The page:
An unprecedented number of refugees from South Sudan have been streaming into Uganda since fighting broke out in Juba last month. In some border towns, refugees now outnumber local residents. Humanitarian agencies working at the border say more assistance is urgently needed.
In the past month, about 70,000 South Sudanese have sought refuge in Uganda. Many arrive malnourished and in desperate need of medical care. Aid agencies have swung into emergency mode trying to provide clean water, food, sanitation and shelter at overcrowded refugee intake centers.
Catherine Ntabadde with the U.N. Children’s Fund (UNICEF) said they've had to expand quickly to keep possible disease outbreaks at bay. She said having 4,000 people or even just 1,000 in one place can be challenging in terms of hygiene and water.
"We've been able to construct temporary bathing shelters for people to use, temporary latrines — these are at 10," she said. 'We've also installed a water treatment system to help ease on the access of safe water... the critical thing that we are enforcing is to sensitize this population about good hygiene.”
Budget shortfalls, however, could hinder this work. According to the Norwegian Refugee Council — NRC — aid agencies have only received 20 percent of the funds they need to adequately handle the current flow of refugees.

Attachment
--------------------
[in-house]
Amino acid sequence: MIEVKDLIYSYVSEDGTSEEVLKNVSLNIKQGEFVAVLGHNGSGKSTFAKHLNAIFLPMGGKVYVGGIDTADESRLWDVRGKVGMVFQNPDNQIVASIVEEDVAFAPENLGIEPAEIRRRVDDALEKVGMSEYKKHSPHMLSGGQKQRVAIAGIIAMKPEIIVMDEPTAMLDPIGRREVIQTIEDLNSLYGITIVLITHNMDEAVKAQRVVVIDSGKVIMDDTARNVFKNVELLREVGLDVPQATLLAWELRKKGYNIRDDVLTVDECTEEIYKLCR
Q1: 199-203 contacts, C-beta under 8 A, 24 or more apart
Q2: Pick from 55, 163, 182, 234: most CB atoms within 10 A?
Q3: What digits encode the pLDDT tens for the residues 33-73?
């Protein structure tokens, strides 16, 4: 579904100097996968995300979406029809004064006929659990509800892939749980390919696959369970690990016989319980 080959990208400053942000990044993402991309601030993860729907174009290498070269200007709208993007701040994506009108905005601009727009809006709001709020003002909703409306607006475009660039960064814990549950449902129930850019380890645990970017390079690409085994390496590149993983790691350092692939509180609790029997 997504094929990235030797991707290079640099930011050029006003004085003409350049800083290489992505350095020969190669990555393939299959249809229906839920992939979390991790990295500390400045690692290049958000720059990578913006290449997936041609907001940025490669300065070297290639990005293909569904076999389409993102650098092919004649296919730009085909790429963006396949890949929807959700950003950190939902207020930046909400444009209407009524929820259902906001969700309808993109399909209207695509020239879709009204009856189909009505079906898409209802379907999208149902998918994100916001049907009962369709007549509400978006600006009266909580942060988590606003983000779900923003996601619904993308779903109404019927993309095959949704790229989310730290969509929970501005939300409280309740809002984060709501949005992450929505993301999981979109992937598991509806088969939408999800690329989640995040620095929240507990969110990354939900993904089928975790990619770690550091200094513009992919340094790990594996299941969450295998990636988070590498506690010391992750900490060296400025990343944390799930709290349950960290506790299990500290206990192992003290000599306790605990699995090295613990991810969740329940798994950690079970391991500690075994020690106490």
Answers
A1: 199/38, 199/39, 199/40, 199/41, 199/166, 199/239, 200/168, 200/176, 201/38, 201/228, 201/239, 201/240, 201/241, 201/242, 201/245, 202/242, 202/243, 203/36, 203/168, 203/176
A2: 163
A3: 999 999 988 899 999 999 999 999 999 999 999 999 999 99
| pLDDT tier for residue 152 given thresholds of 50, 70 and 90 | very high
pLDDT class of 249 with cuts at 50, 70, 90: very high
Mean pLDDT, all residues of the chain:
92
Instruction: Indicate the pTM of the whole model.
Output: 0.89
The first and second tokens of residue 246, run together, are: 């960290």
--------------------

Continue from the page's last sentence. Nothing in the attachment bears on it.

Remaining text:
And with tensions still high in Juba, many refugees have no imminent plans to return home.
40,000 refugees in holding centers
Jesse Kamstra, who works with the Lutheran World Federation, said there are currently about 40,000 refugees in holding centers waiting to be moved.
"And those had to be constructed on an ad-hoc basis," said Kamstra. "In all my career, I've never had a situation where we were receiving over 8,000 refugees a day and international media had not picked up on it, and that's something that's surprised us all. ... So no international attention, no additional funds and that's what happens.”
Uganda hosts just over a half million refugees, mostly from the DRC and South Sudan.
Although aid agencies praise the Ugandan government's welcoming approach, in some areas like Adjumani district, South Sudanese now outnumber Ugandan citizens. This has caused a rise in community tension.
Stephen Obitre, a Ugandan living in Arua told VOA Ugandans must welcome refugees and learn to coexist with them. However, he said the influx hasn't been easy.
“This influx," he added, "has caused massive environmental degradation, in Arua, Yumbe and Adjumani because a lot of vegetation is just being cleared to settle these refugees. People are being displaced, like cattle grazers, without their consent."
The government has opened a new settlement camp that can house 100,000 refugees in a bid to ease the burden in Adjumani.
Yet without adequate funds, the new camp does not have the infrastructure it needs and clean water access. Aid agencies say emergency operations are far from over.
The NRC says 80,000 more refugees from South Sudan are expected to arrive by year’s end.